The world is changing rapidly and becoming more dependent than ever on expanded use of alternative energy systems and reducing and preserving grid-produced energy. The electrical infrastructure in the United States is one of the best in the world, but is aging and, to some degree, becoming more vulnerable to the effects of aging and loading. Society is typically not removing loads from the electrical grid, but is adding load.
Alternative energy technologies such as electric vehicles, solar and wind power sources are providing society with the means to reduce load on the electrical grid and take advantage of natural resources for power production. These technologies are fast to evolve and become attractive and affordable to consumers and even mandatory to a degree, in some cases, to address energy code requirements. As more of these technologies are included in premises electrical systems, necessary safety requirements must be applied.
Whatever technology, new or old, is employed it must be a safe. There is significant responsibility to society to provide safe and dependable electrical power. Technology that is dynamic and evolving is exciting but also means there are necessary implications for the National Electrical Code®.
Reactive or Proactive Change
NEC® changes have historically been reactive to industry progress and incorporated revisions based on identified needs, statistics, and other justification. In recent years, NFPA’s NEC® technical committees have become much more proactive relative to incorporating revisions and new rules in the Code, and for good reason. Technology is advancing in many areas often faster than codes and standards can be developed.
The 2014 NEC® development process is underway with approximately 3745 proposals submitted. The stage is set for the technical subcommittees to act on these proposed changes in 2012, several of which are proactive and progressive and address new and evolving technology.
It is imperative that any applicable codes and standards for the built environment not be viewed as obstructions or roadblocks to progress, but rather as an essential component of our electrical safety system. The electrical codes must advance and evolve so they can be applied to all the great technologies. Some areas in the electrical industry that are evolving are solar photovoltaic systems, electric vehicles, wind generated power, energy storage, and DC wiring and systems. Another activity that is driving change in the NEC® is energy management. Let’s take a closer look some of the areas where the NEC® is experiencing changes and expansion to address alternative energy technology.
As aggressive initiatives to address energy use and loading of the current electrical grid, the codes and standards development communities work to align their documents to address identified safety concerns. This is apparent for product safety standards and electrical installation codes, and specifically the NEC®. More often energy codes are incorporating performance requirements that address reduction of energy use in buildings and premises wiring systems. It is important that these energy codes continue to provide the performance requirements that drive the installation requirements that are included in the NEC®. As the smart electric grid initiatives and timelines become clear to utilities and consumers, the related work and installations will be necessary. This work will happen on both sides of the service point, meaning it will include work on utility grids and premises wiring systems. Energy management systems are becoming more common as smart metering is employed and consumers become aware of their energy use and how they can reduce it.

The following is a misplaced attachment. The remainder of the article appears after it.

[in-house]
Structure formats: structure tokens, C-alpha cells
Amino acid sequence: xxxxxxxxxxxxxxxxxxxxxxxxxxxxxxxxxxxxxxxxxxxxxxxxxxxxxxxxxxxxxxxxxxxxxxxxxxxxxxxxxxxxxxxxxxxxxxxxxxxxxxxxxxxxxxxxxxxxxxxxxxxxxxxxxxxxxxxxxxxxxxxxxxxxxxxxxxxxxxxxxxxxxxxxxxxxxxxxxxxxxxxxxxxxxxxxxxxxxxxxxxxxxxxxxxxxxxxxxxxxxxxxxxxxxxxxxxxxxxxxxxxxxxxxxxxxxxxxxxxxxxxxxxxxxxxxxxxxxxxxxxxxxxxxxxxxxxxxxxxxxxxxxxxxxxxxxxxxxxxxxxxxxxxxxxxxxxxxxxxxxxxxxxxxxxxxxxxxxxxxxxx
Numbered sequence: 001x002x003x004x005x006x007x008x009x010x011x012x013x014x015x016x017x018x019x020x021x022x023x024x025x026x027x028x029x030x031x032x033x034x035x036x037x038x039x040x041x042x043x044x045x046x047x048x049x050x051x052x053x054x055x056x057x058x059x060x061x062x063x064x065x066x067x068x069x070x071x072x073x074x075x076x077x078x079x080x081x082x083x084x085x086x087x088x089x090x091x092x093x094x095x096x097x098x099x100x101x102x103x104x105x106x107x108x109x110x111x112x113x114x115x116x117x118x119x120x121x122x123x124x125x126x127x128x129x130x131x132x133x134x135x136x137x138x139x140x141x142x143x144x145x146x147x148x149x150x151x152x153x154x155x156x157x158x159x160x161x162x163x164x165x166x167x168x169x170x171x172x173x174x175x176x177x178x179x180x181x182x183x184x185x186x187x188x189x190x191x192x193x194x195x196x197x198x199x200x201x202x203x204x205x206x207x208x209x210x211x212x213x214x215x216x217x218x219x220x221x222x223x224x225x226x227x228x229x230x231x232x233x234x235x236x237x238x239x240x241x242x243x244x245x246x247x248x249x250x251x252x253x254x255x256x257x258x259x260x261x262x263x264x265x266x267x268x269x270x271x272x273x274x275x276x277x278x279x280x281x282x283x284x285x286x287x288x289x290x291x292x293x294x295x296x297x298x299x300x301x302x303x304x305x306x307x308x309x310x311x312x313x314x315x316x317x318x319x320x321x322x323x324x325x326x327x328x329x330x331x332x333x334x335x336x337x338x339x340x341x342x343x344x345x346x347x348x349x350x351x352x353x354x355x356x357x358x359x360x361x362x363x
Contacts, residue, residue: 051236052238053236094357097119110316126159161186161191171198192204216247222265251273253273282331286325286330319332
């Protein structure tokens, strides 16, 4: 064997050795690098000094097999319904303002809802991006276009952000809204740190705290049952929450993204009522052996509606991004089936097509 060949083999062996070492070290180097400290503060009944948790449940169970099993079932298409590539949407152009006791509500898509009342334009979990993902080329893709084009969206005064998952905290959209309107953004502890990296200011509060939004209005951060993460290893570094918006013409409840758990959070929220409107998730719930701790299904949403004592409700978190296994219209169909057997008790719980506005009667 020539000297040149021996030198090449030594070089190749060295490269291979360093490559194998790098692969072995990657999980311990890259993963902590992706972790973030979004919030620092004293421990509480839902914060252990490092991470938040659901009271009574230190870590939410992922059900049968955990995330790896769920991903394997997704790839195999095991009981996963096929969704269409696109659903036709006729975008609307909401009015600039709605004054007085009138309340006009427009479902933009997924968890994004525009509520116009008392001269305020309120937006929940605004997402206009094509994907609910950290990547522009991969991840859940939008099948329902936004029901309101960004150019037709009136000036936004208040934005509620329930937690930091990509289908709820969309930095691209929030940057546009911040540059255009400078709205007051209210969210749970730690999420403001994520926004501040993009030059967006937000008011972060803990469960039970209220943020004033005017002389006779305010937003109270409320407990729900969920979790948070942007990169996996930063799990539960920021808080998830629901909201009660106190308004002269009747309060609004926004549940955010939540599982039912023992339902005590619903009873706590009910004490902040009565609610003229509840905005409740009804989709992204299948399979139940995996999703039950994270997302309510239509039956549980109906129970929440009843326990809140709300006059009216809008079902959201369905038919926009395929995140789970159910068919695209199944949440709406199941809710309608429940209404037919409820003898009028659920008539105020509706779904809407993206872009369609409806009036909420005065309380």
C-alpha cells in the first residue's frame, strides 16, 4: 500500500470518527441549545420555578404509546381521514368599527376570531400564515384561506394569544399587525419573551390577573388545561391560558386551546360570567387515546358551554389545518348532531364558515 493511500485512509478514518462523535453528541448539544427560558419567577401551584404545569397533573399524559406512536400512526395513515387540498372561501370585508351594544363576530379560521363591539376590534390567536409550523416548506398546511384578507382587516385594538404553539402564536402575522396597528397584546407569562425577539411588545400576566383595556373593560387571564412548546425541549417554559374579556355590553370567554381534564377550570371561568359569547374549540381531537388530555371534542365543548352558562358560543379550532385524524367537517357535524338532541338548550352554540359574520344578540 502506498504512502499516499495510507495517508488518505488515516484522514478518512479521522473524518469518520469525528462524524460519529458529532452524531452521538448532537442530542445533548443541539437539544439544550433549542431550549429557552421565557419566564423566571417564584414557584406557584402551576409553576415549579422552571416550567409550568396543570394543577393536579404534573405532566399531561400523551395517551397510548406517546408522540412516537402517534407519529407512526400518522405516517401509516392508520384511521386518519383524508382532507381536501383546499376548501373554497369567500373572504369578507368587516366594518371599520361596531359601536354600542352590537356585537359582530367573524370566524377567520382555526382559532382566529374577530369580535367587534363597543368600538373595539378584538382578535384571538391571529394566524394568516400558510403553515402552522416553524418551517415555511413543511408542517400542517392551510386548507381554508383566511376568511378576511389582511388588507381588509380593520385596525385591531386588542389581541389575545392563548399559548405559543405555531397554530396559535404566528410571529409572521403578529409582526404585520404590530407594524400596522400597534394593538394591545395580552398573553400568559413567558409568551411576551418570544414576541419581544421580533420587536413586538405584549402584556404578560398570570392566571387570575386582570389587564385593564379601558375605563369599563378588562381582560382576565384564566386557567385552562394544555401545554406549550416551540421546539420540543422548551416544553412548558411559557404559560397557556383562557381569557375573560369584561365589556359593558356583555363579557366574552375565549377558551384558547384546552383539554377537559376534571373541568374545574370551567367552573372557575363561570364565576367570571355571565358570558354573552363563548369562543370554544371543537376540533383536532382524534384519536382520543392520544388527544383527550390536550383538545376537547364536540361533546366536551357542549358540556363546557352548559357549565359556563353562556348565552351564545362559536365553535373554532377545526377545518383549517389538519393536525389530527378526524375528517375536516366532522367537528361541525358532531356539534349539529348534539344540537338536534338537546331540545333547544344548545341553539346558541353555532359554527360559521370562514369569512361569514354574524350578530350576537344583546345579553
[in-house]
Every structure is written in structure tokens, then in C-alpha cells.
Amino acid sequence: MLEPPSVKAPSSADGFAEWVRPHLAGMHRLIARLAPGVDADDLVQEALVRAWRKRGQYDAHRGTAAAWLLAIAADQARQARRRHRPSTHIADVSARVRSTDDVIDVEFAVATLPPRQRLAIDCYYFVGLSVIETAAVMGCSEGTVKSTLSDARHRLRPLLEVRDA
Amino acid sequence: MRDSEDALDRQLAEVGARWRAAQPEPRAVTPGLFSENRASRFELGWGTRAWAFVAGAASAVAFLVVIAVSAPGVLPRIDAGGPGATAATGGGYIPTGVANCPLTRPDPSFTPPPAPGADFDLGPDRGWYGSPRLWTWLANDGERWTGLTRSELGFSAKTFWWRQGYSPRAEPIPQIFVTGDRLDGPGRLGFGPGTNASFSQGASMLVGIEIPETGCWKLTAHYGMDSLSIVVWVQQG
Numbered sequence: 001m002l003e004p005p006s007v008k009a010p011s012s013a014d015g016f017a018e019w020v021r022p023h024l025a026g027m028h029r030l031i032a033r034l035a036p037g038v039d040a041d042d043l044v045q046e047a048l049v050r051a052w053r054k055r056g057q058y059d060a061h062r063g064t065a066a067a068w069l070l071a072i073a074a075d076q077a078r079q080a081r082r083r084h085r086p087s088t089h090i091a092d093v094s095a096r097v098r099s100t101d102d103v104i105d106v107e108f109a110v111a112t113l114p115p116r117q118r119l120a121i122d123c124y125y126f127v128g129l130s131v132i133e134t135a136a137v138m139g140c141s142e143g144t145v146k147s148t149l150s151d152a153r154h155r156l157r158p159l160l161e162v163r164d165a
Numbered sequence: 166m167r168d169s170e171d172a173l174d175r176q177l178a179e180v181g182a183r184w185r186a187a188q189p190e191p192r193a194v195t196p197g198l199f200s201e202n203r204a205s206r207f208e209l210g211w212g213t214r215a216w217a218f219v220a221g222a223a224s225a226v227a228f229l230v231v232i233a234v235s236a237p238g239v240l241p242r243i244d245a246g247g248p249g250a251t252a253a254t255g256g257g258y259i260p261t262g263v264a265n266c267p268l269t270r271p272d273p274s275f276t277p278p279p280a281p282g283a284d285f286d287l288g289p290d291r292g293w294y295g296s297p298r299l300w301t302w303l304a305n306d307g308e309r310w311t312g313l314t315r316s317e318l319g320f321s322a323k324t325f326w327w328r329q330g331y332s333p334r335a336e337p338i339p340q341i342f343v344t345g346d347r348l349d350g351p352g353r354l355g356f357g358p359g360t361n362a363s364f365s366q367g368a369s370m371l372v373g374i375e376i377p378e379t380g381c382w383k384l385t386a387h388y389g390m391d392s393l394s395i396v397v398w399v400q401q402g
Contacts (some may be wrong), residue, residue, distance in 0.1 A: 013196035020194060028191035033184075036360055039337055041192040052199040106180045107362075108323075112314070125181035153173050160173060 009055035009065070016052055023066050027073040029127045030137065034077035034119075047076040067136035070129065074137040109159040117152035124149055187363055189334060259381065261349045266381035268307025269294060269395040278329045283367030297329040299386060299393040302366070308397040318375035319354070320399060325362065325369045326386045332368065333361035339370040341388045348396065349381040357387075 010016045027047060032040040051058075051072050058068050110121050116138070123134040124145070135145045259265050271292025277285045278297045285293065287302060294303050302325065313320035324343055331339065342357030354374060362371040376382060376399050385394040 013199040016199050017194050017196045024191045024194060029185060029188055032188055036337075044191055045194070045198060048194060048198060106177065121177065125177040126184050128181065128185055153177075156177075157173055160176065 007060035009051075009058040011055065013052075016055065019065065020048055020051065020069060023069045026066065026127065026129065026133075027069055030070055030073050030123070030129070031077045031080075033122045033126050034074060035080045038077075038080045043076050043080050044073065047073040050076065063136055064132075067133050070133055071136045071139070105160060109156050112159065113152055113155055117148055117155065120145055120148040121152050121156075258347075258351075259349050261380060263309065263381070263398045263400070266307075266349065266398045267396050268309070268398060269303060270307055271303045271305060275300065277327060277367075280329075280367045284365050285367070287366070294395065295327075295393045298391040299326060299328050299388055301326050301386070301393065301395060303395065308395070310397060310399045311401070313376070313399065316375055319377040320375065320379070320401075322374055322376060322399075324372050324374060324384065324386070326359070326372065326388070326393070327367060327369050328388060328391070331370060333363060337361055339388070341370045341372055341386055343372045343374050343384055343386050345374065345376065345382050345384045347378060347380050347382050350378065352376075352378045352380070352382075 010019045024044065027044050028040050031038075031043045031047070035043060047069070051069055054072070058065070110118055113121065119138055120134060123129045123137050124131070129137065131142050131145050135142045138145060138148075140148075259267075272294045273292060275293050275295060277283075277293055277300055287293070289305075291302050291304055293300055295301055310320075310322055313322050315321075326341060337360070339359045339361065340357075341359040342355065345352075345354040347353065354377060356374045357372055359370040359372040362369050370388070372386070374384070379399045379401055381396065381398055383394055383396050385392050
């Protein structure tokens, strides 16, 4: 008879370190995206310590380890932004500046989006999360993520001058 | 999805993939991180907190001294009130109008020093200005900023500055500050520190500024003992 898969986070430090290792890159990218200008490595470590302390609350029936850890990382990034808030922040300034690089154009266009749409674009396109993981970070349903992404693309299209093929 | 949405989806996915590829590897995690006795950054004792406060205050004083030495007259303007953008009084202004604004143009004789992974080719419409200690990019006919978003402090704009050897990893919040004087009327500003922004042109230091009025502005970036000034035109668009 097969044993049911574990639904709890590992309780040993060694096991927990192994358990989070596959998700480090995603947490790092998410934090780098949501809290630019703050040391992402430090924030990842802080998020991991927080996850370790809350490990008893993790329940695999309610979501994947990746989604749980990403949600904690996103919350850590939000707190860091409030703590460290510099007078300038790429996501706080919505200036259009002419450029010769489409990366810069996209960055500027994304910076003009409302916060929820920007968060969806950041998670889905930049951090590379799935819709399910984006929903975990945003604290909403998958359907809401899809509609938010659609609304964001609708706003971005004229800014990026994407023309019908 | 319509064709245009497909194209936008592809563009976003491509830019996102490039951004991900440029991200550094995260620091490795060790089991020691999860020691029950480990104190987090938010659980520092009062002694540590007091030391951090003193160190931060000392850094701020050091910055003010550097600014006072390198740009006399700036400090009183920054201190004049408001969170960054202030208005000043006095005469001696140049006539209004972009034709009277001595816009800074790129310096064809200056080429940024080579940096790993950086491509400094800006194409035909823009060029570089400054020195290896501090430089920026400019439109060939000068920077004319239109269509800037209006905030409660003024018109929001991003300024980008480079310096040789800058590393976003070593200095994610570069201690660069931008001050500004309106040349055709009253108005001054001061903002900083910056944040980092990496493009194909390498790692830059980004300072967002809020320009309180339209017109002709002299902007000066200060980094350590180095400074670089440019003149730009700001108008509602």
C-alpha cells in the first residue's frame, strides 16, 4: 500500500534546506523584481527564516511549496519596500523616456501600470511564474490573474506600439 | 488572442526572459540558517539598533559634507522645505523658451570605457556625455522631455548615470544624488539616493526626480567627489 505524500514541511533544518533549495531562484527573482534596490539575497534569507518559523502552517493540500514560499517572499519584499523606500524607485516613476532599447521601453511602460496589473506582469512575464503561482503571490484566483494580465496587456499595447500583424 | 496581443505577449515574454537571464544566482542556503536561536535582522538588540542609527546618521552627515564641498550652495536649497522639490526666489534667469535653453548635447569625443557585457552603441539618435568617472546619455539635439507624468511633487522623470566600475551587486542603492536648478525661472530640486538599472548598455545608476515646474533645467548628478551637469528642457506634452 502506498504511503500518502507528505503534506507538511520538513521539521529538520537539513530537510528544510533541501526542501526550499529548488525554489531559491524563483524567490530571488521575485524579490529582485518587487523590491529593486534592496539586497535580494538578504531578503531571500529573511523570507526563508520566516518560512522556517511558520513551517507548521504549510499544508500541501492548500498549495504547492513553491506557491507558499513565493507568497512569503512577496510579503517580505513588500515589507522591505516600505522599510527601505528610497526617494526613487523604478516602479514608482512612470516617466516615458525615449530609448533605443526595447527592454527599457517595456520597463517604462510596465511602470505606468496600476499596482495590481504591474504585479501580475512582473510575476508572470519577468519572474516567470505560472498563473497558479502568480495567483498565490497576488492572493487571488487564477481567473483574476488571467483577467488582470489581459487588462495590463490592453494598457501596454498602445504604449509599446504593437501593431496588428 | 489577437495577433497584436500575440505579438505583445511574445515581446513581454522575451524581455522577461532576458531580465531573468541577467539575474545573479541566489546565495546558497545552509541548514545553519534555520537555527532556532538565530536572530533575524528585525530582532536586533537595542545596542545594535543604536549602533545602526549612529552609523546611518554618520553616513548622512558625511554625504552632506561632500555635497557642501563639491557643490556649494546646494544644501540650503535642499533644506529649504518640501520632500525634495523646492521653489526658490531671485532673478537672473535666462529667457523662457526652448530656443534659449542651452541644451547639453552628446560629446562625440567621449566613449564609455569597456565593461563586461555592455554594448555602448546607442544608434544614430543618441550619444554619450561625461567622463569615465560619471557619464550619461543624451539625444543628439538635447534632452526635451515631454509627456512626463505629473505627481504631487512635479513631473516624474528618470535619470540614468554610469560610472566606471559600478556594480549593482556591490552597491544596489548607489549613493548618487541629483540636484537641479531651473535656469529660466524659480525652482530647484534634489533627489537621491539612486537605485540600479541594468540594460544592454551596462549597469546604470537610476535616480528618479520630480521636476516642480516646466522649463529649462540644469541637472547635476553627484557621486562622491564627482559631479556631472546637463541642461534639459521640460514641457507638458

The NEC® technical committees have been active, through the work of another specifically assigned Smart Grid task group, which included representatives from IAEI, NFPA, NIST, EEI, BICSI, NESC, NEMA* and others. The work of this group resulted in the development of a new proposed NEC® Article 750 titled Energy Management Systems. See NFPA 70 2012 ROP Proposal 13-180 for complete information. The Code must address which loads on the premises can be controlled and those which cannot be controlled by energy management systems.
It is also important as energy codes include specific energy reduction performance for buildings that they be able to refer to the installation rules in the NEC®, rather than developing installation rules in those other codes. Once again, the NEC® technical committees responded proactively to be sure the NEC® remains as an integral part of smart grid initiatives on the customer side of the service point. Interoperability will be necessary to implement an effective and “smart” grid system. It is becoming more a reality that one method of demand response will be through expanded use of energy storage systems. This is anticipated in large utility scale battery systems and battery systems installed in buildings. The NEC® must include rules that can be applied to these energy storage systems.
AC or DC Power
The Tesla and Edison debate and questions continue. It seems apparent that the use of more direct current (DC) systems and wiring is in store for the built environment. DC systems are starting to become more attractive in building wiring systems for other than just data centers and backup power systems. Currently, energy is necessary to convert AC power to DC for electronic and other types of utilization equipment. Part of reducing energy could include eliminating DC power supplies where possible. Many electrical appliances and electronic equipment such as home computers, flat screen TVs, game boxes, audio equipment and so forth operate on DC power and have a built-in DC power supply to convert the AC power to DC. This takes energy. Imagine if the DC were supplied directly to this utilization equipment.
This concept is real and technology is driving reality. The next edition of the NEC® is being revised and expanded to include appropriate rules that can be applied to DC wiring. DC power will become more popular for normal lighting and power systems in buildings and will be an important part of expanded demand response capabilities when connected to power storage (batteries) systems installed on the premises.